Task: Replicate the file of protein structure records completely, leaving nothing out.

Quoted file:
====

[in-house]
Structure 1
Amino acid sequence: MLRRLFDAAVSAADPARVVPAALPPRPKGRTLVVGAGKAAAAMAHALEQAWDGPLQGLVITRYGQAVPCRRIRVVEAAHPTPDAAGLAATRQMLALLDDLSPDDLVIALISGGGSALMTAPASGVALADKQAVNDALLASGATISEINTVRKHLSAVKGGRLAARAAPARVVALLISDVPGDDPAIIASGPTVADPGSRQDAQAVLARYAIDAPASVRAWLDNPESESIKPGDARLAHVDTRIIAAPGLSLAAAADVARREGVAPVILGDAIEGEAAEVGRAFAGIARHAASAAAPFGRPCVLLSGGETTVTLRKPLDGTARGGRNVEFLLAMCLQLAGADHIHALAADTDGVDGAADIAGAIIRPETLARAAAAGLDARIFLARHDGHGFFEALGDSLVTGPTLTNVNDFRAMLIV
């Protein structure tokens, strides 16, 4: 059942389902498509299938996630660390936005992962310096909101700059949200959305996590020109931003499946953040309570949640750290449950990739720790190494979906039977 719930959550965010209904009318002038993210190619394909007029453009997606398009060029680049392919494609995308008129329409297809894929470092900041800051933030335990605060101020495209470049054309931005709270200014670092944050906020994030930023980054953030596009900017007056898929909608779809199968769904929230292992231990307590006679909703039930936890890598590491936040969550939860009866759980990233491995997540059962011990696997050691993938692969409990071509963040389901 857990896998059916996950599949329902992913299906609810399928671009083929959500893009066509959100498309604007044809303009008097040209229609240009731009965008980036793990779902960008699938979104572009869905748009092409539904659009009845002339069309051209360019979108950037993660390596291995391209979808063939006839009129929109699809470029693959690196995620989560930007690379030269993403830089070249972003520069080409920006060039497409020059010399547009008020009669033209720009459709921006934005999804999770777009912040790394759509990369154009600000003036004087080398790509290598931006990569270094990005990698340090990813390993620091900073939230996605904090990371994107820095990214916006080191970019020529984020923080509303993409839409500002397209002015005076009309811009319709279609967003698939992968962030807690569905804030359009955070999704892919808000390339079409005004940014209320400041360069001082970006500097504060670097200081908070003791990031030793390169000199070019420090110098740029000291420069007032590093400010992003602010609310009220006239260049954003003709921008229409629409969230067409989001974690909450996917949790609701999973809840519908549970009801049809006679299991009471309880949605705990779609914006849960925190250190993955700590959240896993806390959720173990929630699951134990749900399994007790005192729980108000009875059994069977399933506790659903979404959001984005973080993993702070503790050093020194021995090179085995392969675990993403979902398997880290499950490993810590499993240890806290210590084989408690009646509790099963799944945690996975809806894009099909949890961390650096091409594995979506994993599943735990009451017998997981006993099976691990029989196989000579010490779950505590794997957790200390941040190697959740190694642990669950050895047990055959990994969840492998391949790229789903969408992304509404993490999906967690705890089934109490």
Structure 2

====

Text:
[in-house]
Structure 1
Amino acid sequence: MLRRLFDAAVSAADPARVVPAALPPRPKGRTLVVGAGKAAAAMAHALEQAWDGPLQGLVITRYGQAVPCRRIRVVEAAHPTPDAAGLAATRQMLALLDDLSPDDLVIALISGGGSALMTAPASGVALADKQAVNDALLASGATISEINTVRKHLSAVKGGRLAARAAPARVVALLISDVPGDDPAIIASGPTVADPGSRQDAQAVLARYAIDAPASVRAWLDNPESESIKPGDARLAHVDTRIIAAPGLSLAAAADVARREGVAPVILGDAIEGEAAEVGRAFAGIARHAASAAAPFGRPCVLLSGGETTVTLRKPLDGTARGGRNVEFLLAMCLQLAGADHIHALAADTDGVDGAADIAGAIIRPETLARAAAAGLDARIFLARHDGHGFFEALGDSLVTGPTLTNVNDFRAMLIV
């Protein structure tokens, strides 16, 4: 059942389902498509299938996630660390936005992962310096909101700059949200959305996590020109931003499946953040309570949640750290449950990739720790190494979906039977 719930959550965010209904009318002038993210190619394909007029453009997606398009060029680049392919494609995308008129329409297809894929470092900041800051933030335990605060101020495209470049054309931005709270200014670092944050906020994030930023980054953030596009900017007056898929909608779809199968769904929230292992231990307590006679909703039930936890890598590491936040969550939860009866759980990233491995997540059962011990696997050691993938692969409990071509963040389901 857990896998059916996950599949329902992913299906609810399928671009083929959500893009066509959100498309604007044809303009008097040209229609240009731009965008980036793990779902960008699938979104572009869905748009092409539904659009009845002339069309051209360019979108950037993660390596291995391209979808063939006839009129929109699809470029693959690196995620989560930007690379030269993403830089070249972003520069080409920006060039497409020059010399547009008020009669033209720009459709921006934005999804999770777009912040790394759509990369154009600000003036004087080398790509290598931006990569270094990005990698340090990813390993620091900073939230996605904090990371994107820095990214916006080191970019020529984020923080509303993409839409500002397209002015005076009309811009319709279609967003698939992968962030807690569905804030359009955070999704892919808000390339079409005004940014209320400041360069001082970006500097504060670097200081908070003791990031030793390169000199070019420090110098740029000291420069007032590093400010992003602010609310009220006239260049954003003709921008229409629409969230067409989001974690909450996917949790609701999973809840519908549970009801049809006679299991009471309880949605705990779609914006849960925190250190993955700590959240896993806390959720173990929630699951134990749900399994007790005192729980108000009875059994069977399933506790659903979404959001984005973080993993702070503790050093020194021995090179085995392969675990993403979902398997880290499950490993810590499993240890806290210590084989408690009646509790099963799944945690996975809806894009099909949890961390650096091409594995979506994993599943735990009451017998997981006993099976691990029989196989000579010490779950505590794997957790200390941040190697959740190694642990669950050895047990055959990994969840492998391949790229789903969408992304509404993490999906967690705890089934109490």
Structure 2